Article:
“Women build the city” – urban planning lacks a female perspective – culture


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More than two billion women around the world live in cities. Most were planned by men. A new book supports more female perspectives in urban planning.

“Find the mistake” is written under the photo of a group of happy men gathered around a table in the countryside. It is the group photo of a house completion ceremony in Krefeld, which was later featured in the trade magazine “Bauwelt”.

The strange thing about this photograph from 1930: there is an arm protruding from the side of the photo that does not belong to any of the gentlemen. Architect Marlene Moeschke-Poelzig was simply cut off afterwards, says Katja Schechtner.

Male dominated bodies

The urbanity researcher, who teaches in Vienna, knows many examples of urban planners and architects who have been expelled from the public eye. Not only in the past but also in the present.

In 2012, for example, the famous Pritzker Prize went to Chinese architect Wang Shu: “A man who has worked all his life with his partner Lu Wenyu and with her founded the Amateur Architecture Studio. But he did not receive the award. ”

According to Katja Schechtner, many juries and committees in the field of architecture and urban planning are still dominated by men.

Legend:

Award-winning architecture: The Jinhua Ceramic House, designed by the Amateur Architecture Firm, which Pritzker Prize winner Wang Shu founded with his wife Lu Wenyu.

Keystone / LV HENGZHONG

Building women, then and now

The book “Women. Building. City” wants to create a counterpoint and make outstanding architects visible all over the world, in current discussions and historical portraits.

“We want to show that women have shaped the city since 1850,” says Katja Schechtner, referring to the forgotten achievements of civil engineer Emily Warren Roebling.

He completed the Brooklyn Bridge that his father-in-law had designed. After his untimely death in 1869, he took the lead in the construction of this extraordinary suspension bridge structure.

Urban planning thrives on diversity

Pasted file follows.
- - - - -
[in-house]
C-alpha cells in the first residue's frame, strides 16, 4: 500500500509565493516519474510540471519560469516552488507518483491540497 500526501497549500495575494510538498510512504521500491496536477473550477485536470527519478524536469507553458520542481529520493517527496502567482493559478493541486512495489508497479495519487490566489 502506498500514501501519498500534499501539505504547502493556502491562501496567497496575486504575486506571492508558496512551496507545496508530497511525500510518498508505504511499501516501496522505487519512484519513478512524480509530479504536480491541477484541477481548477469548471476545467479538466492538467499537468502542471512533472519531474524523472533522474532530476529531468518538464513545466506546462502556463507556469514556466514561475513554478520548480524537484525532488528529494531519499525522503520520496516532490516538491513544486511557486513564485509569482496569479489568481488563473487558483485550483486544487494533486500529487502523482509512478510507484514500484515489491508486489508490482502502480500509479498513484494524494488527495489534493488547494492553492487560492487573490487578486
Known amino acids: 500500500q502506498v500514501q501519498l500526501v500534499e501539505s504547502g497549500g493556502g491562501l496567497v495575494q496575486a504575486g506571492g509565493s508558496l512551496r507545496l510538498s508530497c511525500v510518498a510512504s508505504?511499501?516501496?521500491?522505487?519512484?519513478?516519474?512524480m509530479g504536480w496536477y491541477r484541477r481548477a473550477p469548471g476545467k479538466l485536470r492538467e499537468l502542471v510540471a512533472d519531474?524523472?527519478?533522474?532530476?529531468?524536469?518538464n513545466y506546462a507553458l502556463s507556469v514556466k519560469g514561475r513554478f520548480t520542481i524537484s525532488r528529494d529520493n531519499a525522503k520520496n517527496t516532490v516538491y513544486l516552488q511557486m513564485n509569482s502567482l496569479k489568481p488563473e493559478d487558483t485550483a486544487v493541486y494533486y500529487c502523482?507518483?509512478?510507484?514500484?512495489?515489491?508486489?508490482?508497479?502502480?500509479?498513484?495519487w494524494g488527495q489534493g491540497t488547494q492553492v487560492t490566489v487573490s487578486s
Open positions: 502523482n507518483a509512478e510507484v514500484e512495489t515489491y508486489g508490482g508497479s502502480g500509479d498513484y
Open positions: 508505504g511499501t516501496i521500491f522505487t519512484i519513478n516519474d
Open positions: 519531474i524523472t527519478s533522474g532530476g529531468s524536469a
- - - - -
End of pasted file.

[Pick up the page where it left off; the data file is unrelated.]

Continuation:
For a long time it was difficult for women to get a chance in architecture – this becomes clear in this book. And in the field of urban planning, they are still underrepresented in leading positions, says Katja Schechtner.

She is convinced: “If we entrust the design of urban spaces to women, a special quality of public space can arise that is better for everyone”.

Of course, women do not plan any differently than men for biological reasons. But it is the same as all discussions of diversity: “Every urban development draws on personal experience and is different for women,” says Katja Schechtner.

An elderly woman with a cane.

Legend:

Blocked a highway through New York in the 1960s: urban explorer Jane Jacobs.

Getty Images / Keith Beaty

Quality of life instead of greater efficiency

An example from the 1960s: Urban researcher Jane Jacobs managed to prevent the construction of a giant freeway right in downtown New York. The diversity of neighborhoods and the needs of different population groups were more important to her than the idea of ​​getting to work as quickly as possible in a car.

Although the living environments of men and women are convergent: Katja Schechtner notes that women mayors often focus more on improving the quality of life than on increasing efficiency in urban planning.

In Paris, Anne Hidalgo closed the city center motorway: where traffic roared along the Seine, people are now walking, playing and jogging: a meeting place has been created in the middle of the big city.

A book that broadens the vision of urban change and shows the benefits that equality can bring to urban planning.

book reference


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Wojciech Czaja, Katja Schechtner: «Women build cities. The city through a female lens. “Birkhauser Verlag, 2021.

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